So, to pick up from yesterday:

On the first day of Christmas, my true love gave to me: a love powered mecha.
On the second day of Christmas, my true love gave to me: a wake up call.
On the third day of Christmas, my true love gave to me: a unique form of culture shock.
On the fourth day of Christmas, my true love gave to me: a masterpiece to savor.
On the fifth day of Christmas, my true love gave to me: a shock to the heart.
On the sixth day of Christmas, my true love gave to me: a pair of comfortable old slippers.
On the seventh day of Christmas, my true love gave to me: a wink and a nudge.
On the eighth day of Christmas, my true love gave to me: Botox for the facial spasms.
On the ninth day of Christmas, my true love gave to me: a reality check.
On the tenth day of Christmas, my true love gave to me: a warm fuzzy memory.
On the eleventh day of Christmas, my true love gave to me: a reckoning of my failures.

Tune in tomorrow to see what’s next.

One thought on “The 12 Days of Christmas – Day 11: Nobody’s Perfect”

  1. I much prefer the immature characterization, for much of the realism aspects, than the Western preference for decadent “maturity”.

    Although my favorite is probably either the “end saga” style story telling or the hero’s journey. A princess summons a hero to save her world/nation. The hero then progresses from incapable to capable, that is the hero’s journey. But the end saga is what happens after that event, where the hero defeats Maou. Stories that continue after the climax, such as G Senjou No Maou, is very rich in texture and substance. Not only for the heroes but for the villains as well. The presentation of evil as a person having the choice of cooperating and each faction getting 6 units of reward, vs not cooperating and conquering/destroying the other factions while gaining 5 units of reward, the evil will always choose the Second Choice, always, forever more. And having that shown in the end and in the epilogue to the end, is great. Japan focuses a lot on behavior modification and redemption or atonement of past sins/mistakes, but it is precisely why it is good to see the other side of irredeemable evil set in a love story drama.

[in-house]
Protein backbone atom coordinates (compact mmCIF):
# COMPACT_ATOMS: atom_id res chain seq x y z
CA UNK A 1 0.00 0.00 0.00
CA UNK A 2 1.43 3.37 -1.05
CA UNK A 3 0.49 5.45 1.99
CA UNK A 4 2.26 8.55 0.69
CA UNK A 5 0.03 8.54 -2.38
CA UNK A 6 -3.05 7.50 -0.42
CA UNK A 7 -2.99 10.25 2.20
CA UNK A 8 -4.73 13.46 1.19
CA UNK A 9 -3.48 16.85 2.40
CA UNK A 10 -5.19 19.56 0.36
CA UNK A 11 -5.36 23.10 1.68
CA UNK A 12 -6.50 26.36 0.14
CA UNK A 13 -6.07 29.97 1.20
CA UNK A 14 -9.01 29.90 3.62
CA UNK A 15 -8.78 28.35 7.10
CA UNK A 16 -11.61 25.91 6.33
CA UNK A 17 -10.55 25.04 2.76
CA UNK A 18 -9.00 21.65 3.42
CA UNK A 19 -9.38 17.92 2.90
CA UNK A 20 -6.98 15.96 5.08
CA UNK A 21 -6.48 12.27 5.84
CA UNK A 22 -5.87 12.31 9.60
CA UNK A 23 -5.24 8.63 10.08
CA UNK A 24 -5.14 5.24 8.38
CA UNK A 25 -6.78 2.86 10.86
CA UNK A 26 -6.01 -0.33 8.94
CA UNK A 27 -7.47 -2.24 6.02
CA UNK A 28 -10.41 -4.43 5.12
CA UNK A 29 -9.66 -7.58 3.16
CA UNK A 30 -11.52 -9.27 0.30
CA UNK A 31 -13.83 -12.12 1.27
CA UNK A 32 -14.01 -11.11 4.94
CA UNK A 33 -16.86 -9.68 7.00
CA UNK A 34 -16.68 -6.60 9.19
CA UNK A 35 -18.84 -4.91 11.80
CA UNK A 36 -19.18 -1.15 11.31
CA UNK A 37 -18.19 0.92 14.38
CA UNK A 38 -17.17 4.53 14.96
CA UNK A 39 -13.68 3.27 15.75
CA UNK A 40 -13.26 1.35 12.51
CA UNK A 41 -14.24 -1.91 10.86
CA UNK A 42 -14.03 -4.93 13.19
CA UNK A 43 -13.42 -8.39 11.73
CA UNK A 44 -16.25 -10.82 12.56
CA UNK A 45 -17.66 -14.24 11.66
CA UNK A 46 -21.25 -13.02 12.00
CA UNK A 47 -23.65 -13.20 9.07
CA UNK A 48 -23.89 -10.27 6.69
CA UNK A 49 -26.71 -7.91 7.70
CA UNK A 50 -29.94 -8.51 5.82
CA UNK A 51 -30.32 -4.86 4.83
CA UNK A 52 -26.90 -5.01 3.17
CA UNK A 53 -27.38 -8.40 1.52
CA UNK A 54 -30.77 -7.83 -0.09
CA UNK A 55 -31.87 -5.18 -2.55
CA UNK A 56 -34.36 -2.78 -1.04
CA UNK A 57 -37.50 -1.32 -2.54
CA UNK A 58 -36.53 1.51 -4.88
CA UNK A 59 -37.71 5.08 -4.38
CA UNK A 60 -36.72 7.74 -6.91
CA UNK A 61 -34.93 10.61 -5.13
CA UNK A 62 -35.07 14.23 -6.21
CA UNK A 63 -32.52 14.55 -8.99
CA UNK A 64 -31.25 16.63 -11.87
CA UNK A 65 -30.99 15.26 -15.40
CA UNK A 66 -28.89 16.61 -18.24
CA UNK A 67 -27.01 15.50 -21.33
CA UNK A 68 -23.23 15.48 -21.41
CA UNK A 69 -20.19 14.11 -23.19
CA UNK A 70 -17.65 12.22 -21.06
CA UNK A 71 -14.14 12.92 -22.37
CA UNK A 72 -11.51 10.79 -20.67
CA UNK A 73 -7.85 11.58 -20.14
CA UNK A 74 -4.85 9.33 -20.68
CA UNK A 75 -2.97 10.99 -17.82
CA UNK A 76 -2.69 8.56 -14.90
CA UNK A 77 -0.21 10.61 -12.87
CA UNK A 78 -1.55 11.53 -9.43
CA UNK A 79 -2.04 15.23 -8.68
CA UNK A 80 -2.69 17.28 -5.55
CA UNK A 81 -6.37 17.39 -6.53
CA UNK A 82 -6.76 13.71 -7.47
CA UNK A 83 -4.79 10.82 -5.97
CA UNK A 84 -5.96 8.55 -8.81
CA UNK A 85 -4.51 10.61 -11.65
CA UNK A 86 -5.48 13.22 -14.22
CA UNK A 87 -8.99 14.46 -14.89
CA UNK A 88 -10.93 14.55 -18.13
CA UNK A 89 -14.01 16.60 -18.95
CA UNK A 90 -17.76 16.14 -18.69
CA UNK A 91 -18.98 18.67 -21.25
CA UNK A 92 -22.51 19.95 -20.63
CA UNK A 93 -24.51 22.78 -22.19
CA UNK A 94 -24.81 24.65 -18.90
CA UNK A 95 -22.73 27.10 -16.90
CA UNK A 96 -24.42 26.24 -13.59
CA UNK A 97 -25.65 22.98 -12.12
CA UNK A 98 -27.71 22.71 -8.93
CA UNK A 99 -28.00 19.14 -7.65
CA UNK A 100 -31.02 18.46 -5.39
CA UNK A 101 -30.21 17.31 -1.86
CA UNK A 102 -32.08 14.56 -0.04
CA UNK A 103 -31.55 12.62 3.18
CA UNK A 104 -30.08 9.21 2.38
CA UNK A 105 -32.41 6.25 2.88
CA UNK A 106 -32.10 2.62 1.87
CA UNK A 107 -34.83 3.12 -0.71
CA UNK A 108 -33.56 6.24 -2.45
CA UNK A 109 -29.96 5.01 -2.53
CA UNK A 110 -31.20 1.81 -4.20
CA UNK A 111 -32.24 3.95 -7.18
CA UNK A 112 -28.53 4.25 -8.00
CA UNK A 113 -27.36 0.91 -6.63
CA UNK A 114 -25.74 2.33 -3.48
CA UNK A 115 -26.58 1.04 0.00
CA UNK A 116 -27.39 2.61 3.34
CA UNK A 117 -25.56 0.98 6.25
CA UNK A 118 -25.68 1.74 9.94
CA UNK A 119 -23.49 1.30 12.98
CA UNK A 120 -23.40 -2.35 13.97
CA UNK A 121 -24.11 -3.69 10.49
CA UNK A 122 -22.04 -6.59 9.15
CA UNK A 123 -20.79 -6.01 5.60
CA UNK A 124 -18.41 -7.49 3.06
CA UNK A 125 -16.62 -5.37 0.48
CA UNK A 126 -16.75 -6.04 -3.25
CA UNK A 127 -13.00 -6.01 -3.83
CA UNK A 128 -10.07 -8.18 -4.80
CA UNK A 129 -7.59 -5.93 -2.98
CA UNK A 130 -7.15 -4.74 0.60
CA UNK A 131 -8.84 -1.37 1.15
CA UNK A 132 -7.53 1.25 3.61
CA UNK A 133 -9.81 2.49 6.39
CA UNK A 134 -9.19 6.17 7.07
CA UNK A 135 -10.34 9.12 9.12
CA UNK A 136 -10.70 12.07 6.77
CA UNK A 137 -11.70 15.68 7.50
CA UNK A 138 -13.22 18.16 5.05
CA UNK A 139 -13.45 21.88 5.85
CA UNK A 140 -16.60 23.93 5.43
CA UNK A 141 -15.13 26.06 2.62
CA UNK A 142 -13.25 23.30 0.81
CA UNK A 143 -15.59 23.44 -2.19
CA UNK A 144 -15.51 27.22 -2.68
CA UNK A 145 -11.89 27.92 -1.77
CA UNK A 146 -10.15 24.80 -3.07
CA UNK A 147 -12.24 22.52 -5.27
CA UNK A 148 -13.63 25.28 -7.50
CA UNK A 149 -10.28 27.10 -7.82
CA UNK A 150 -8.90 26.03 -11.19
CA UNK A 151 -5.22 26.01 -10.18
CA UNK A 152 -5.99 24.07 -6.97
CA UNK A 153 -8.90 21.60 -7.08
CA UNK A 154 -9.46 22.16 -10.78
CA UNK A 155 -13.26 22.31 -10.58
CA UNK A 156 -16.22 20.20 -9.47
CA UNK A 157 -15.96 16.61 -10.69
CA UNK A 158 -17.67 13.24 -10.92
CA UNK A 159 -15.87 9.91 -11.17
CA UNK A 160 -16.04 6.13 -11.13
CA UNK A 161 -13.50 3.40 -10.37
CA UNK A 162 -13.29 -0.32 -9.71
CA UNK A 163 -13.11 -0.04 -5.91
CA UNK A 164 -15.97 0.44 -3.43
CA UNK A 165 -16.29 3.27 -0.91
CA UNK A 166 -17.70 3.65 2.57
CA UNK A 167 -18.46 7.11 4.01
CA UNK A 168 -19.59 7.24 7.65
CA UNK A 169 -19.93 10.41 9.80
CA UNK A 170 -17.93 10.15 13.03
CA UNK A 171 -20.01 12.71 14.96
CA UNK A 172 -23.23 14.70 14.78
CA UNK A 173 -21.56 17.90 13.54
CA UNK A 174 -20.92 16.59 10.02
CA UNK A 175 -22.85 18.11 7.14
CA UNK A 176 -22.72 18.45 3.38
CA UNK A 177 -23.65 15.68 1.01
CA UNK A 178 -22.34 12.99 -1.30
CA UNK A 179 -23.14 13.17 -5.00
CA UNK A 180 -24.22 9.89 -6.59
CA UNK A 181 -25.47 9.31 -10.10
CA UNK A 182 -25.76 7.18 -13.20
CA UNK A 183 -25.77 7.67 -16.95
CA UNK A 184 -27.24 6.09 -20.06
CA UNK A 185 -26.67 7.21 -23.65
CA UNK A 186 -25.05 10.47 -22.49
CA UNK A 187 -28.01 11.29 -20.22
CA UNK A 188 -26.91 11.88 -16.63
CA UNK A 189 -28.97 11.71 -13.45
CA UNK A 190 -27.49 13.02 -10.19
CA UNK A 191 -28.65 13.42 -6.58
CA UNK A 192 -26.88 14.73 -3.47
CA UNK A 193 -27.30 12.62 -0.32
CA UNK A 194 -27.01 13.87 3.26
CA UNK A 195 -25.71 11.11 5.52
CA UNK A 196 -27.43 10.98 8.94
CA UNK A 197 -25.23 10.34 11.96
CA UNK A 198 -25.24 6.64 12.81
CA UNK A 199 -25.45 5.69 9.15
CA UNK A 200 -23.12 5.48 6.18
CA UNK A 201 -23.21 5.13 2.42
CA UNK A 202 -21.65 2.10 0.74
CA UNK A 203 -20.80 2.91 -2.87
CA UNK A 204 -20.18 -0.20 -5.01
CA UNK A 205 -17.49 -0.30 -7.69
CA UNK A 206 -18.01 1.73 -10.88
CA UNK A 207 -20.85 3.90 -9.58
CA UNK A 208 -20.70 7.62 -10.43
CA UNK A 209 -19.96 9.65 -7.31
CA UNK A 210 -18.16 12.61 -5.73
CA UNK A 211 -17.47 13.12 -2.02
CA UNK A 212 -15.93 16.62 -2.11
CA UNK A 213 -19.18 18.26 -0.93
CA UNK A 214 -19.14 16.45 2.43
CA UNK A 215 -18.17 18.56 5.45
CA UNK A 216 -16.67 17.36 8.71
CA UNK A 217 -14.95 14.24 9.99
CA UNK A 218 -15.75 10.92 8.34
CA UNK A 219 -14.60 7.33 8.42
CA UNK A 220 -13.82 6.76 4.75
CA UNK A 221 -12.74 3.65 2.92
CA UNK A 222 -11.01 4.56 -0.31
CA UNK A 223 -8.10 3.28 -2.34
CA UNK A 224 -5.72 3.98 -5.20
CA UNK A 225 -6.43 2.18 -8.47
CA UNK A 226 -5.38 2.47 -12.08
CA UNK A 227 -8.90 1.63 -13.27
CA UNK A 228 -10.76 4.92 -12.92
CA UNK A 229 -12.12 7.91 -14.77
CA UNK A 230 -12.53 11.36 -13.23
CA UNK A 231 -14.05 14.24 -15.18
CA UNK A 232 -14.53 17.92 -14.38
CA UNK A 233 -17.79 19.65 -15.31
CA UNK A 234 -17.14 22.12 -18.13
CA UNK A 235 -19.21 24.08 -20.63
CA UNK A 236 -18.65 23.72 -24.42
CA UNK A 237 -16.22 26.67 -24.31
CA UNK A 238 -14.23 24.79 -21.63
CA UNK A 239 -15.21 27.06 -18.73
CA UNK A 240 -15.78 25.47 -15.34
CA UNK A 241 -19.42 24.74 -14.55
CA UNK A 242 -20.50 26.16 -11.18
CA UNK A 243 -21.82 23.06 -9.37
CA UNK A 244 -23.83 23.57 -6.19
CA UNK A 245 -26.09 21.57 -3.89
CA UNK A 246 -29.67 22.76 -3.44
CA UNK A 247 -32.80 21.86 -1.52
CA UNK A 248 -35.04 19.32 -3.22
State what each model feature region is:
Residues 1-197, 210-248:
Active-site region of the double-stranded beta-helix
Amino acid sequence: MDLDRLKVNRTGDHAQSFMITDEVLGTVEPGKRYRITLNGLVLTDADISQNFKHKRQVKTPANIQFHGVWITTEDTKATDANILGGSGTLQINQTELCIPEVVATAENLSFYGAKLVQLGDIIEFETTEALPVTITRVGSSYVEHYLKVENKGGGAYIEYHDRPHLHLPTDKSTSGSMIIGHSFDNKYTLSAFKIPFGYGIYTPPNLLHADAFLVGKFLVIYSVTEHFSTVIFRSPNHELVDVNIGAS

Shirogane Takeru was quite the jerk in the beginning of the romantic comedy of Muv Luv Extra, but then he underwent boot camp training in ML Unlimited and became half way decent, but it was in the military death grinder of ML A that he became his full potential as a man and character.

    One of the benefits of non anime originated story sources and the old anime series, is that they had either the time or the money to properly construct a story from beginning to end, with all the trimmings.

    Legend of the Galactic Heroes just kept going forward into the future for all the people in it. It felt alive in a way different from other stories. It had its ups and downs, the old generation vs the new generation, with real universal consequences beyond simply emotionalism.